By Stefanie, Medical Team Leader onboard Ocean Viking
“After each of the four rescues, our MSF medical team completes a primary medical assessment, examining the medical needs of the rescued people. As well as assessing the physical scars, wounds and other conditions requiring immediate medical attention, we identify those who require additional psychological support.
When the rescued people come onboard the Ocean Viking, they are completely exhausted. They have spent many hours at sea, with no sleep, no water, and no food. Immediately after embarkation, patients typically present with dehydration, general physical weakness, dizziness, hypo-or hyperthermia, and burns – mainly caused by fuel or the sun -, or with newly sustained injuries associated with crossing itself. After the first 24-hours, people start to recover from these initial symptoms. But, in the subsequent days, they continue to come to us with minor conditions, which can be general body aches and pains, nausea, generic abdominal pain or feelings of weakness. These symptoms are often psychosomatic, which means the body is physically responding to a psychological trauma that the mind is struggling to cope with.
It is often during initial consultations for more physical ailments, wounds or scars that we are able to identify people who are mentally stressed. We see that people often wander off with their thoughts and switch to a “thousand miles stare”. They develop reactions one wouldn’t expect from other patients. This might be an unexpected higher or lower sensitivity to pain or touching in physical examinations, over cautiousness, or even unusual physical reactions to certain medication.
The trauma the rescued people experience is often not specific to one single event. Sometimes it is the result of an accumulation of various situations they have been exposed to since they were children. Many tell us that they grew up in conflict affected areas and had to flee with their families. Some have lost relatives and did this dangerous journey through the desert and through Libya unaccompanied.
Most of the minors we have on board have never experienced what it means and how it feels to live in a safe place and stable environment, or what it’s like to have a safe place to play as a child. What they know very well is how it feels to always be alert, to be surrounded by anxiety and uncertainty, and to be on the move. During the conversation with them, we are often faced with the impression that this way of living has become “normal” for them.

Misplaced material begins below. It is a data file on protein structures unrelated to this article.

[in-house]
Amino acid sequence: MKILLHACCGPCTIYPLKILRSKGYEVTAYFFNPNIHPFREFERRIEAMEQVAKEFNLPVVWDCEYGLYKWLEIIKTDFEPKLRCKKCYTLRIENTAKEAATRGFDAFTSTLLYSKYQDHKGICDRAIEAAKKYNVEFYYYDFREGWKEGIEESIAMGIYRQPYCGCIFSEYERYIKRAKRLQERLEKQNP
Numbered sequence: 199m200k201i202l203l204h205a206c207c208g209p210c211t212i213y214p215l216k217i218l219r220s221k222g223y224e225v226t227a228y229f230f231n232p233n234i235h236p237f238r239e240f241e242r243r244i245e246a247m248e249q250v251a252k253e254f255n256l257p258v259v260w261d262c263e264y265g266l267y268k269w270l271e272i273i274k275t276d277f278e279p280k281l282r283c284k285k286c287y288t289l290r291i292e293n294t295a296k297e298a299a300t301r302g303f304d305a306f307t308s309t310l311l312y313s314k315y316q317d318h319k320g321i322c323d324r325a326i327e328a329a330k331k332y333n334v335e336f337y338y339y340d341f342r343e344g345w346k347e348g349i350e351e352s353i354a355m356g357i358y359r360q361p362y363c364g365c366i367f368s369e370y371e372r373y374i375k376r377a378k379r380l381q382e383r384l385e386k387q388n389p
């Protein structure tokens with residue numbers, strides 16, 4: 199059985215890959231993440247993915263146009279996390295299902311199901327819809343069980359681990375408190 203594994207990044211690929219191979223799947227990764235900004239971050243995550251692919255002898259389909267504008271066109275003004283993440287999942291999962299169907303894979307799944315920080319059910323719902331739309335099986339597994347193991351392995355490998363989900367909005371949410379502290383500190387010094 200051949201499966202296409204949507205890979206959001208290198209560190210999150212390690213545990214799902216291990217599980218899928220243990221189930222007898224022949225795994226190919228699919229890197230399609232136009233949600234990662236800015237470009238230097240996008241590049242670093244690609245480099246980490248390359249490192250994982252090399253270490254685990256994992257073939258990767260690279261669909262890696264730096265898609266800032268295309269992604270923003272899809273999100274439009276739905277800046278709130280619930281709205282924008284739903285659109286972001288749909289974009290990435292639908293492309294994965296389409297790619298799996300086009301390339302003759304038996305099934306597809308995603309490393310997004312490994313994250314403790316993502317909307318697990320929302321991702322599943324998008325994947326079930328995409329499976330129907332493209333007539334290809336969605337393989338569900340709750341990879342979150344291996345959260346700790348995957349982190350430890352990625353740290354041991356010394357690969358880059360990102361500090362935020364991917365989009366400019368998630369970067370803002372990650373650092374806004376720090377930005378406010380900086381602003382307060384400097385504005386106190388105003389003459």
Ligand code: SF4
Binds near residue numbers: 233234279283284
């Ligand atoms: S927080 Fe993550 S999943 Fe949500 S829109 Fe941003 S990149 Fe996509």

We now have 356 people on board, and it’s important we spend time with each person. Some haven’t been in contact with their families and friends for a long time. The medical consultation on board the rescue ship might be the first time people are being heard or respectfully treated in a long time.
Some of them come to our clinic and break down in tears, because they are not used to getting any attention or respect. Some feel that they didn’t deserve attention – be it medical or not.
A young man who has always felt invisible might, for the first time in his life perhaps, share his story after suffering in silence for a very long time. In the clinic, we have the privilege of holding a safe space that allows for moments of insights. We feel humbled by their courage. And listen to what they have to say.
In our clinic on board the OV we treat physical wounds and conditions, and try as much as possible to at least offer a minimum of psychological first aid. But what they actually need is more broad psychological support than we will ever be able to provide with our team in a short time onboard the ship.
After all their experiences of insecurity and the traumatizing journey from their home country through Libya on to a rubber boat, any delay in allowing them to disembark in a port of safety will once again expose them to uncertainty and anxiety: make them feel worthless and unwelcome.”